The first book from my list I was able to get my hands on was Blue Mind: the Surprising Science That Shows How Being Near, In, On, or Under Water Can Make You Happier, Healthier, More Connected, and Better at What You Do. By a happy coincidence, Blue Mind was a great place to start my self-guided academic project. The main assertion of the book describes what author Dr. Wallace “J” Nichols, calls the “Blue Mind” phenomenon, which states that for various evolutionary reasons, humans are predisposed to me more relaxed, better focused, and mentally and emotionally healthier on, in, or near water, especially our oceans.
Nichols explains the neuroscience of his theory using clear, plain English and well-developed analogies, but he also includes a comprehensive bibliography to back up his claims, as well as to guide further reading on the subject.
Though the science behind Nichols’ claims seems to be sound, there are times, especially toward the beginning of the book, when it feels a bit like the entire “Blue Mind” mentality exists to justify spending time surfing, swimming, paddling, and fishing. To a hopelessly land-locked water-child in a land where any water that’s not moving dangerously fast has been frozen solid for a month, the notion that all of your biggest personal demons can be kept at bay by simply taking some down-time in, on, or near the water to fire up the right neurons and re-balance the chemical cocktail in your brain was a little frustrating.
Though I found Nichols’ descriptions of all the wonderful ways people interact with the water long-winded, I have to admit that any reader would be hard-pressed not to find a scenario that resonates with some formative memory and inspires powerful nostalgia for a happy time near the water. The book reminds us that on some level, we can all benefit from a closer relationship with water, nature, and a more mindful version of ourselves. It explains in a very compelling and scientific way why humans generally can’t help but love the water, and in the words of Jacques Cousteau, inspires readers to “Protect what they love.”
“We can’t continue to inundate people with negative information as we try to change their minds about things like ‘sustainability’… Social science research has demonstrated that new information can cause people to be even more entrenched in their beliefs… the problem based approach isn’t working. Assaulting people with information doesn’t work either. We need to do something different.”
Despite any criticism, Nichols’ approach to conservation is, I believe, where the real power of the Blue Mind lies: “We can’t continue to inundate people with negative information as we try to change their minds about things like ‘sustainability’… Social science research has demonstrated that new information can cause people to be even more entrenched in their beliefs… the problem based approach isn’t working. Assaulting people with information doesn’t work either. We need to do something different.”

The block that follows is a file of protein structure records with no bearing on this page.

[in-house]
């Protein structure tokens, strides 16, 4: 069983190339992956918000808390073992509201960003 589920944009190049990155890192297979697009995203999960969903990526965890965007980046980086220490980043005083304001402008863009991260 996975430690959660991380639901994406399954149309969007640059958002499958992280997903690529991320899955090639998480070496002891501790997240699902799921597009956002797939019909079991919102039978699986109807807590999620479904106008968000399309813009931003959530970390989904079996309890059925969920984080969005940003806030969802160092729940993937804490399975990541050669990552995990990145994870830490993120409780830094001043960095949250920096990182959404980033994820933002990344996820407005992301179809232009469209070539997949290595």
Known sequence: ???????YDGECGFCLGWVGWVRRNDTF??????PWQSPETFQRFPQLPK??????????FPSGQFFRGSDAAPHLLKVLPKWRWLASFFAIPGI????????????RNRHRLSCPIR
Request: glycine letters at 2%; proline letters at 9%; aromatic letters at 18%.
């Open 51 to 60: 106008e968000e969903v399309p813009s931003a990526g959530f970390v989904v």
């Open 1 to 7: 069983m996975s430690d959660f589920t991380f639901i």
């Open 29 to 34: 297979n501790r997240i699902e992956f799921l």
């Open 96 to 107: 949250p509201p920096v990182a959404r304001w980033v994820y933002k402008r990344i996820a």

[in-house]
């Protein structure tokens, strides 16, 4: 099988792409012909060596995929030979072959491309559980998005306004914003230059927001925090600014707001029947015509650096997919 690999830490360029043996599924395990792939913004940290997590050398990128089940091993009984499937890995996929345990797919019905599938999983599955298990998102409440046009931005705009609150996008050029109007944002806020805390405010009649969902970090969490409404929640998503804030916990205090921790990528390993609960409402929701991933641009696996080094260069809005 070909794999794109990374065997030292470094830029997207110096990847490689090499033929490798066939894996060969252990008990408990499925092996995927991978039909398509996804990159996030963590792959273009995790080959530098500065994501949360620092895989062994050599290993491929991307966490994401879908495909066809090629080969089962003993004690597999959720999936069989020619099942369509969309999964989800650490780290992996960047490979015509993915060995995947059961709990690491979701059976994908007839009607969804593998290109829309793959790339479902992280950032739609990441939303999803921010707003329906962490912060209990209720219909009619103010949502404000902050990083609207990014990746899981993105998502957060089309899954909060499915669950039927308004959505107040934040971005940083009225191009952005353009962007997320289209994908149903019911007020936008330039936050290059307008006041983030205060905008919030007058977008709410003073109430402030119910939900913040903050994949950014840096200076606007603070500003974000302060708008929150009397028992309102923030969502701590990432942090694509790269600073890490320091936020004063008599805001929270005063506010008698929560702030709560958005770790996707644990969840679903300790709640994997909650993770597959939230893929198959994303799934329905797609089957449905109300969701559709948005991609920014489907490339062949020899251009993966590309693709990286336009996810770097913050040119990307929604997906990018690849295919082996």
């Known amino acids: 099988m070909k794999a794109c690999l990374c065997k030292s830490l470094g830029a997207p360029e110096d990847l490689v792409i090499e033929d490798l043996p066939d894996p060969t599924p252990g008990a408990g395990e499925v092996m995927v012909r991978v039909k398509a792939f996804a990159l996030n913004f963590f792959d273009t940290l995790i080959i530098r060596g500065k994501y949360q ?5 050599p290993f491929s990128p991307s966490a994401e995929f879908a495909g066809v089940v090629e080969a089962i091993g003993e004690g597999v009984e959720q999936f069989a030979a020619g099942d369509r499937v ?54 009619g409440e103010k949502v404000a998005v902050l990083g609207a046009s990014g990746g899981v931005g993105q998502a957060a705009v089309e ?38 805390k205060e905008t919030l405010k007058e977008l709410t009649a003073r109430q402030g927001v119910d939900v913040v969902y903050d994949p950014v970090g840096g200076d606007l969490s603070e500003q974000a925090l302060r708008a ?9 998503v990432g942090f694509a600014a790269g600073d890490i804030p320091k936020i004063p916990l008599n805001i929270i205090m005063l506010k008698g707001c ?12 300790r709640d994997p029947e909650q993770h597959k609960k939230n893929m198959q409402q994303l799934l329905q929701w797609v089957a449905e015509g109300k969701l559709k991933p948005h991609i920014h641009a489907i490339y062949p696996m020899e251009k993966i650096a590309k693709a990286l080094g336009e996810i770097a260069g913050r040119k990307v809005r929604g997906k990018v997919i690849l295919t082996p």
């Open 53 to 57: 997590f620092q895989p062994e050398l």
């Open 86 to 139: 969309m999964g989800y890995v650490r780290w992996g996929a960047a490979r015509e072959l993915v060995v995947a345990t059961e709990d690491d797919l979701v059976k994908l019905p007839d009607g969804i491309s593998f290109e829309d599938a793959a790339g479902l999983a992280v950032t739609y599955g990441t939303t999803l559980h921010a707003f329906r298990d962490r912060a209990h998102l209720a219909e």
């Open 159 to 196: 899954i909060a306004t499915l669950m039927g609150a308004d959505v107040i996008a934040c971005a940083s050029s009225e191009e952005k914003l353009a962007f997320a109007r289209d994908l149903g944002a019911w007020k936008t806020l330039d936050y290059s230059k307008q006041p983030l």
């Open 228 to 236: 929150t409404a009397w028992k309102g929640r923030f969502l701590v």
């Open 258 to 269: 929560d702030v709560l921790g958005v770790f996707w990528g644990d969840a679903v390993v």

What should we do differently? Simply “tell the story of water.” Tell it in a way that kindles the connection that many of us already share with the natural spaces around us and inspires us to protect them.
I’m in no way qualified to comment on Nichols’ science and hope to revisit the end-notes later in my project, but Blue Mind was without a doubt the perfect place to start. Especially over the past few years, my relationship with the water has become strained at best, to the point where I had begun consciously closing myself off from it: making excuses to avoid swimming, staying away from the lake, watching television or staring at the paint on the wall instead of walking to the river, the proximity of which was one of the main reasons my husband and I chose our apartment. It’s not that my affinity for blue has diminished as I’ve aged; being close to the water just served increasingly as a reminder of the paths I’ve not taken, and how dry the road I’ve been on has often been. The times when I find myself looking out over the water, my mind magnifies the distance between where I’m standing and where I want to be, until it seems insurmountable. But, as Nichols quotes from Michael J. Fox’s description of the seaside epiphany that inspired him to leave Spin City and launch his foundation for Parkinson’s research, when you’re faced with a personal challenge, “You don’t have to withdraw.” Nichols continues in his own words, “You don’t have to stay on the shore once you know you’re standing on the shore” (183).
Although it was a chilly -10 C and snowing, when I finished Blue Mind, I pulled on my coat and boots and went for a long walk by the river. I didn’t have any epiphanies of my own, but I came back feeling a bit more optimistic about 2018. These are the first steps of my journey back to the water, and although I ‘m not sure exactly where I’m headed, I know without a doubt that I’m going in the right direction.